How knowledge flows in and out of innovative minds ripples through Journey's Reward, a fast-paced, captivating, historical account of twentieth century entrepreneurship spanning the Texas-Mexico borderlands.
The book by veteran business writer and entrepreneur Doug Perkins details the lives of self-taught photographer and botanist Robert Runyon and the Southwest's first aviator Prentice Alexander Newman. Each man arrived in Texas' lower Rio Grande Valley in early 1909. During the next six decades, each man took his turn generating compelling innovations in science and technology even while each experienced personal, legal, political, and wartime crises.
The violence of the Mexican Revolution and the Texas bandit wars, especially during Newman and Runyon's single brief collaboration, and the sorrow of personal losses accentuated both men's entrepreneurship. At times, Runyon also had to manage the complications of South Texas' political drama while Newman balanced the building of America's first monoplane with a court fight for his life. Through it all, the men created and transferred important new knowledge that helped pace early aviation and photography technology, brought awareness to needed protection for indigenous subtropical flora, and demonstrated that knowledge transfer drives productivity and economic growth in the borderlands.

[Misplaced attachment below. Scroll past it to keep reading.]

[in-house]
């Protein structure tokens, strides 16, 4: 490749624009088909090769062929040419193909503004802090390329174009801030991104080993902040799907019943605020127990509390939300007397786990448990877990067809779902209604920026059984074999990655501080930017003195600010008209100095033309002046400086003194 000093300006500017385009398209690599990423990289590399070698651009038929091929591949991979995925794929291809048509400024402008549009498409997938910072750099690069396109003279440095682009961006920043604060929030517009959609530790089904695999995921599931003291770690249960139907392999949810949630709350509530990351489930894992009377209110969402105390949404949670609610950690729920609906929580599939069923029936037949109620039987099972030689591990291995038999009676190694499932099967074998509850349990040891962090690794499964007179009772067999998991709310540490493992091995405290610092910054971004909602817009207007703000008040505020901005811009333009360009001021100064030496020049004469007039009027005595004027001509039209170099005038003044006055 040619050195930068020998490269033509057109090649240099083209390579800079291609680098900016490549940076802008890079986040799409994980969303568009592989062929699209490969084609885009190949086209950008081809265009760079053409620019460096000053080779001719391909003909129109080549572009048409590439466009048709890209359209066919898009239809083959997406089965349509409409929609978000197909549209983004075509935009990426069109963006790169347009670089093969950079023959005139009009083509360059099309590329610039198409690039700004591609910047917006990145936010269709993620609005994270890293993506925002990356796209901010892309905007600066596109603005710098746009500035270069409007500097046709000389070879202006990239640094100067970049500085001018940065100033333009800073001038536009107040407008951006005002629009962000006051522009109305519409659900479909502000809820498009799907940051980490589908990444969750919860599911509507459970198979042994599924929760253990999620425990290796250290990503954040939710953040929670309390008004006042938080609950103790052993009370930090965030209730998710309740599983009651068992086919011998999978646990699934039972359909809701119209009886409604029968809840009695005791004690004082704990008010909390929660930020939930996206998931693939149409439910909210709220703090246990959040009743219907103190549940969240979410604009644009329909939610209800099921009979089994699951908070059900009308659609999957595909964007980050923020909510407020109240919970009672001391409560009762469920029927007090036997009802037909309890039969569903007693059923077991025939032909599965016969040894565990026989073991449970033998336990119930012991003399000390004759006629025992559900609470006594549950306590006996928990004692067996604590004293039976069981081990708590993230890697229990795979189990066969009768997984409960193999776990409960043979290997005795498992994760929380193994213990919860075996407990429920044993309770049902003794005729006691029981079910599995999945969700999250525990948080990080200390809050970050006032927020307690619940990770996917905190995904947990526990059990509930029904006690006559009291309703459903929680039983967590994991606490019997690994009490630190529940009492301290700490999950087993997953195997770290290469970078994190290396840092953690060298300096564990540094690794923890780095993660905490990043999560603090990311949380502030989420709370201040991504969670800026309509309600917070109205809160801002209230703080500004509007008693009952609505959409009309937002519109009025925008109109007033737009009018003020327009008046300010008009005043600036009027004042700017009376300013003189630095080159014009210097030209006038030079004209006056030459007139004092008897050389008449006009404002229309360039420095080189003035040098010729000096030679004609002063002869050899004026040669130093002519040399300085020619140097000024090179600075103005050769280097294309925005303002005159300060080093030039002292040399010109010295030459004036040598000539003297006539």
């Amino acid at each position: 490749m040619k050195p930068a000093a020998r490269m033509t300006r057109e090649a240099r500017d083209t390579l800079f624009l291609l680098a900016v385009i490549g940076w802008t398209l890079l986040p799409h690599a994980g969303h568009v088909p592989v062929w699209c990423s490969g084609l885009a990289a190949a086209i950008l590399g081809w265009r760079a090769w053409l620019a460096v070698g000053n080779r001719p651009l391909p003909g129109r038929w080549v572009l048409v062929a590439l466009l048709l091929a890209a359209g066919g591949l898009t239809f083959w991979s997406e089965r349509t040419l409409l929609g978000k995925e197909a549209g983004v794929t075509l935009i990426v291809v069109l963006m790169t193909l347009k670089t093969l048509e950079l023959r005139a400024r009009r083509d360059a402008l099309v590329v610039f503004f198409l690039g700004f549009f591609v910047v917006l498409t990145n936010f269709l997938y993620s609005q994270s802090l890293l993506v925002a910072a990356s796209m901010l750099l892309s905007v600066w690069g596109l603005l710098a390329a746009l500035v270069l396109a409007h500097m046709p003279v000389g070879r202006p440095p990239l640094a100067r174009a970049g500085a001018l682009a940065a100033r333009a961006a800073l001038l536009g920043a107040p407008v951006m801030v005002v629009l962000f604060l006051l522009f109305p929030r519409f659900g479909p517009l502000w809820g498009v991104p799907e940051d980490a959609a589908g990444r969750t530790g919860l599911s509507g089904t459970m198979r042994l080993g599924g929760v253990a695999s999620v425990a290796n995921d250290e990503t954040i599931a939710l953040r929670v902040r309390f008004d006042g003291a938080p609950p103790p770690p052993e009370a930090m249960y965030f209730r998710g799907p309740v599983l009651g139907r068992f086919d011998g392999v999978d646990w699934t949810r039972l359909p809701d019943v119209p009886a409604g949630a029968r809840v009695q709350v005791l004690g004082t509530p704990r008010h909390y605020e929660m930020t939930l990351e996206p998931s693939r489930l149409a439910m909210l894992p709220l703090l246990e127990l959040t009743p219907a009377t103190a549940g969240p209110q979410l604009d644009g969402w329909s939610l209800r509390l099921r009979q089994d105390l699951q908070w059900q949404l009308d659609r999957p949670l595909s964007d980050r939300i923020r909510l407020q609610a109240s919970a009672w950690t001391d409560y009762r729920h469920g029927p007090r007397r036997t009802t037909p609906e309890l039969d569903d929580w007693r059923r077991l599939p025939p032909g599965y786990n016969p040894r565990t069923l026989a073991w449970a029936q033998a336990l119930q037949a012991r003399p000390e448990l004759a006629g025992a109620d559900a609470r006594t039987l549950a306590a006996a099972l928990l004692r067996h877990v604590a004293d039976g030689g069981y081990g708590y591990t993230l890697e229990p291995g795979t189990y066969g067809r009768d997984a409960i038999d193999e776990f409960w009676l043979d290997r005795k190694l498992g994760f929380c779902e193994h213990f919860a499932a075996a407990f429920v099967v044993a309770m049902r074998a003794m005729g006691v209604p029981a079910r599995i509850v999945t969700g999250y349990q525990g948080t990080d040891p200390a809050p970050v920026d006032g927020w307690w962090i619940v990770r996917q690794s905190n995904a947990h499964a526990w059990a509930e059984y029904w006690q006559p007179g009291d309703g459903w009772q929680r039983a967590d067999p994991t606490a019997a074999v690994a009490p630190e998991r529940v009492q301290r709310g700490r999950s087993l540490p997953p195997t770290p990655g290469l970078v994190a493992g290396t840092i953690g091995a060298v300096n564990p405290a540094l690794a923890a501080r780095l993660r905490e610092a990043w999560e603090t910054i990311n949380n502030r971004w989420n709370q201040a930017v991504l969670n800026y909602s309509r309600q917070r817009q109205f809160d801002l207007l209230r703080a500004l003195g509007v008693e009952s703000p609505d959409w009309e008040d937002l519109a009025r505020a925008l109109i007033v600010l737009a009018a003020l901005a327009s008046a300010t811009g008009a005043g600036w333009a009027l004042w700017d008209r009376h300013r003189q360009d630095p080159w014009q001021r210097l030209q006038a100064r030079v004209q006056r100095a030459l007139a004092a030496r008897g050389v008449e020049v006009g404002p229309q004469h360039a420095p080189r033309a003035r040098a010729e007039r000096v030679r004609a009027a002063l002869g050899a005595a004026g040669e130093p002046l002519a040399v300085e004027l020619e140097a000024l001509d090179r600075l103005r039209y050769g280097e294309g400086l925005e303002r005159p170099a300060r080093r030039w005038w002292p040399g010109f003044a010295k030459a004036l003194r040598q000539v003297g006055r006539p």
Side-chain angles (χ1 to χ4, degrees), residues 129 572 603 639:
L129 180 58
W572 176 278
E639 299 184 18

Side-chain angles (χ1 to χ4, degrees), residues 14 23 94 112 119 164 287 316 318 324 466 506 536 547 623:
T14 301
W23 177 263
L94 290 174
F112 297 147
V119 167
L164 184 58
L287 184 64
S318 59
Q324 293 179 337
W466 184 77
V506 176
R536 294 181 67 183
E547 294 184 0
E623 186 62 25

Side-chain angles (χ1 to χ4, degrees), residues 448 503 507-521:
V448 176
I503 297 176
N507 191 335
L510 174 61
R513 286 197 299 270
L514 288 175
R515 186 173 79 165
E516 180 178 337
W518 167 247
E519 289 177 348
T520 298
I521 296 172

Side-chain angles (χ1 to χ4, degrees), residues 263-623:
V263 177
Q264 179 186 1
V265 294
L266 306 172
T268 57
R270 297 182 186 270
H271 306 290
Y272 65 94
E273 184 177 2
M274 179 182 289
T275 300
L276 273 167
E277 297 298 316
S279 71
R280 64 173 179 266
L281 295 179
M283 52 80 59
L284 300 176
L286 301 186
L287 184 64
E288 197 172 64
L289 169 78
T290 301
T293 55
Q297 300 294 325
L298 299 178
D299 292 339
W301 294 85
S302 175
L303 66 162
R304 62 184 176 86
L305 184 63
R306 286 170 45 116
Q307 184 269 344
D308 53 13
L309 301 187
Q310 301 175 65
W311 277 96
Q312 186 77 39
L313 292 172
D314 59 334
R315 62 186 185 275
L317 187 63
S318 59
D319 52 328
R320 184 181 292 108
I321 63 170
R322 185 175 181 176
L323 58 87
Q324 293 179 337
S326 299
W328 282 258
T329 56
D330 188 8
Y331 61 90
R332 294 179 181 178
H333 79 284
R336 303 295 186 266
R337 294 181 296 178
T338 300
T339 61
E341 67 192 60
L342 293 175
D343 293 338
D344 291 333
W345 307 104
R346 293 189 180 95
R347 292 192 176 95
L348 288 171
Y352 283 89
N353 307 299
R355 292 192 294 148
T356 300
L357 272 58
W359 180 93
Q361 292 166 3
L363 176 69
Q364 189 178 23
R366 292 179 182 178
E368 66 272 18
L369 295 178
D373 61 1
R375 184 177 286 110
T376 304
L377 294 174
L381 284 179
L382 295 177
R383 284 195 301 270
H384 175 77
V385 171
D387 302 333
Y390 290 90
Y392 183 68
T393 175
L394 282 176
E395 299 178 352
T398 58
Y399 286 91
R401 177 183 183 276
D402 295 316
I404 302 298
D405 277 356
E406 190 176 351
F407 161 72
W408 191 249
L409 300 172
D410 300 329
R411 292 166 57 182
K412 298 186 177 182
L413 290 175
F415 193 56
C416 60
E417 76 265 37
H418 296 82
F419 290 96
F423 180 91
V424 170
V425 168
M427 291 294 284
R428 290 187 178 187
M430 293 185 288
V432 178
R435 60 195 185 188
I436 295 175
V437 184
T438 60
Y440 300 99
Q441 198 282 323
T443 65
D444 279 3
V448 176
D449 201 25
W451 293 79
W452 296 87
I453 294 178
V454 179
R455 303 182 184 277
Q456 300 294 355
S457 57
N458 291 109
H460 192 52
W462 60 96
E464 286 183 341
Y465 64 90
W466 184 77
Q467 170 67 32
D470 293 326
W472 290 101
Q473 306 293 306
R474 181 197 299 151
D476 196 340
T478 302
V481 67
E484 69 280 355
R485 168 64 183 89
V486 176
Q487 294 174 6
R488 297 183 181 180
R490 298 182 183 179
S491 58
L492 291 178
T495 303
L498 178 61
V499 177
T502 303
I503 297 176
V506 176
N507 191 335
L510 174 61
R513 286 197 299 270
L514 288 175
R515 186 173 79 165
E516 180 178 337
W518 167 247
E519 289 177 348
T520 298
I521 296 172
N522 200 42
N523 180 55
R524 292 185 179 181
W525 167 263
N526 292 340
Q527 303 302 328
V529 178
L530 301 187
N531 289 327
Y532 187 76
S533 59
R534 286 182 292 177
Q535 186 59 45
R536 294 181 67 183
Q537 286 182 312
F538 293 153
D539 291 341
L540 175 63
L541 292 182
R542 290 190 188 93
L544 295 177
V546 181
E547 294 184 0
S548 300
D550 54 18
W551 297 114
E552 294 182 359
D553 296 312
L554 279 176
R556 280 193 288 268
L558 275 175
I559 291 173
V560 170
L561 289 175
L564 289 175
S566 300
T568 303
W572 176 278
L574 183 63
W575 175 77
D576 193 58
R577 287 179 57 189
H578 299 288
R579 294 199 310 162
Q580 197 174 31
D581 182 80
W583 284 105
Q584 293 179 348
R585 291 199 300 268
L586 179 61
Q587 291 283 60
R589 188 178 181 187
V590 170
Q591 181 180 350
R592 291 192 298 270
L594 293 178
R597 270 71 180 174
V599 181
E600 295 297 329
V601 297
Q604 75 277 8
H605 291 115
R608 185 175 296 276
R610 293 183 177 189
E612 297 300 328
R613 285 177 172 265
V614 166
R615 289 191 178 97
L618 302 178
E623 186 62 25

Featuring main characters with whom every reader can relate, Journey's Reward mirrors the polymathic creativity chronicled in Walter Isaacson's Leonardo Da Vinci and the engineering ingenuity displayed in David McCullough's The Wright Brothers. The book features more than forty historic photographs, the majority of which are images taken by Runyon during his photography career between 1909 and 1926. That combination of actual events supported by illustrations of the era's events makes Journey's Reward a spellbinding examination of the knowledge creation process through the careers of two twentieth century men who expertly navigated the entrepreneurial path of risk and reward.